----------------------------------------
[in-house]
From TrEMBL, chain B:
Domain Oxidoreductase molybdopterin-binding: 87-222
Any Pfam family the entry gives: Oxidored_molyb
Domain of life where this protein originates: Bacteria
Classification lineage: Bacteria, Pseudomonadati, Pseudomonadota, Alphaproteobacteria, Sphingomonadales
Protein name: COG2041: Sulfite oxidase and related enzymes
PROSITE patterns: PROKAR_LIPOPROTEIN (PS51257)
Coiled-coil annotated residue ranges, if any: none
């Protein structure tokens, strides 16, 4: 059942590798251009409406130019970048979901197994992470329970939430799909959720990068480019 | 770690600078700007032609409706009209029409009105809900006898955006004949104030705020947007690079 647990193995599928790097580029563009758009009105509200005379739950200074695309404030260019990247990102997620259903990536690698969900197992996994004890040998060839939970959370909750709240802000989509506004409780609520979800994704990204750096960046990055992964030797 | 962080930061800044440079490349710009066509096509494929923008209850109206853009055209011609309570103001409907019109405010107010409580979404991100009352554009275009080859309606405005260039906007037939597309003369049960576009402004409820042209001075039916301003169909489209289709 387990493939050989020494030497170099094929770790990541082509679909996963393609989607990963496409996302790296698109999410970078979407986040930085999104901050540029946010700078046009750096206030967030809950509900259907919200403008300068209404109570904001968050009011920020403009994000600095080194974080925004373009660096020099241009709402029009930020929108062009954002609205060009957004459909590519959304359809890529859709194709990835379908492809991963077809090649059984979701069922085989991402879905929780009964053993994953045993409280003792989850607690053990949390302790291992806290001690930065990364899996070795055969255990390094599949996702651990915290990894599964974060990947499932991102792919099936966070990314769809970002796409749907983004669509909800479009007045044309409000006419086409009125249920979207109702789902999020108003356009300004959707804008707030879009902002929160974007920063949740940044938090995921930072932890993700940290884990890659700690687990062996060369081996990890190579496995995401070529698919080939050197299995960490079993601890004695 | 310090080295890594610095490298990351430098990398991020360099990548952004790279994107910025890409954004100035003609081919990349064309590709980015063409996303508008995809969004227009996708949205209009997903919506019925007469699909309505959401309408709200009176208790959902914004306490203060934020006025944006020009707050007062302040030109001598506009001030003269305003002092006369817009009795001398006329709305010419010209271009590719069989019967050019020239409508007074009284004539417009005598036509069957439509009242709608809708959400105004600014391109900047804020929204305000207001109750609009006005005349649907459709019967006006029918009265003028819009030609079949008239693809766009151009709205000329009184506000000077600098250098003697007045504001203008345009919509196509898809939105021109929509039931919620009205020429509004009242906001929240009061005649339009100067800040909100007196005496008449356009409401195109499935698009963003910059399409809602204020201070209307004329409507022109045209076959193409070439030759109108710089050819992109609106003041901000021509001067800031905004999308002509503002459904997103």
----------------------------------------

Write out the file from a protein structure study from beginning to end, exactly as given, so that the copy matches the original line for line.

[in-house]
From TrEMBL, chain B:
Domain Oxidoreductase molybdopterin-binding: 87-222
Any Pfam family the entry gives: Oxidored_molyb
Domain of life where this protein originates: Bacteria
Classification lineage: Bacteria, Pseudomonadati, Pseudomonadota, Alphaproteobacteria, Sphingomonadales
Protein name: COG2041: Sulfite oxidase and related enzymes
PROSITE patterns: PROKAR_LIPOPROTEIN (PS51257)
Coiled-coil annotated residue ranges, if any: none
């Protein structure tokens, strides 16, 4: 059942590798251009409406130019970048979901197994992470329970939430799909959720990068480019 | 770690600078700007032609409706009209029409009105809900006898955006004949104030705020947007690079 647990193995599928790097580029563009758009009105509200005379739950200074695309404030260019990247990102997620259903990536690698969900197992996994004890040998060839939970959370909750709240802000989509506004409780609520979800994704990204750096960046990055992964030797 | 962080930061800044440079490349710009066509096509494929923008209850109206853009055209011609309570103001409907019109405010107010409580979404991100009352554009275009080859309606405005260039906007037939597309003369049960576009402004409820042209001075039916301003169909489209289709 387990493939050989020494030497170099094929770790990541082509679909996963393609989607990963496409996302790296698109999410970078979407986040930085999104901050540029946010700078046009750096206030967030809950509900259907919200403008300068209404109570904001968050009011920020403009994000600095080194974080925004373009660096020099241009709402029009930020929108062009954002609205060009957004459909590519959304359809890529859709194709990835379908492809991963077809090649059984979701069922085989991402879905929780009964053993994953045993409280003792989850607690053990949390302790291992806290001690930065990364899996070795055969255990390094599949996702651990915290990894599964974060990947499932991102792919099936966070990314769809970002796409749907983004669509909800479009007045044309409000006419086409009125249920979207109702789902999020108003356009300004959707804008707030879009902002929160974007920063949740940044938090995921930072932890993700940290884990890659700690687990062996060369081996990890190579496995995401070529698919080939050197299995960490079993601890004695 | 310090080295890594610095490298990351430098990398991020360099990548952004790279994107910025890409954004100035003609081919990349064309590709980015063409996303508008995809969004227009996708949205209009997903919506019925007469699909309505959401309408709200009176208790959902914004306490203060934020006025944006020009707050007062302040030109001598506009001030003269305003002092006369817009009795001398006329709305010419010209271009590719069989019967050019020239409508007074009284004539417009005598036509069957439509009242709608809708959400105004600014391109900047804020929204305000207001109750609009006005005349649907459709019967006006029918009265003028819009030609079949008239693809766009151009709205000329009184506000000077600098250098003697007045504001203008345009919509196509898809939105021109929509039931919620009205020429509004009242906001929240009061005649339009100067800040909100007196005496008449356009409401195109499935698009963003910059399409809602204020201070209307004329409507022109045209076959193409070439030759109108710089050819992109609106003041901000021509001067800031905004999308002509503002459904997103």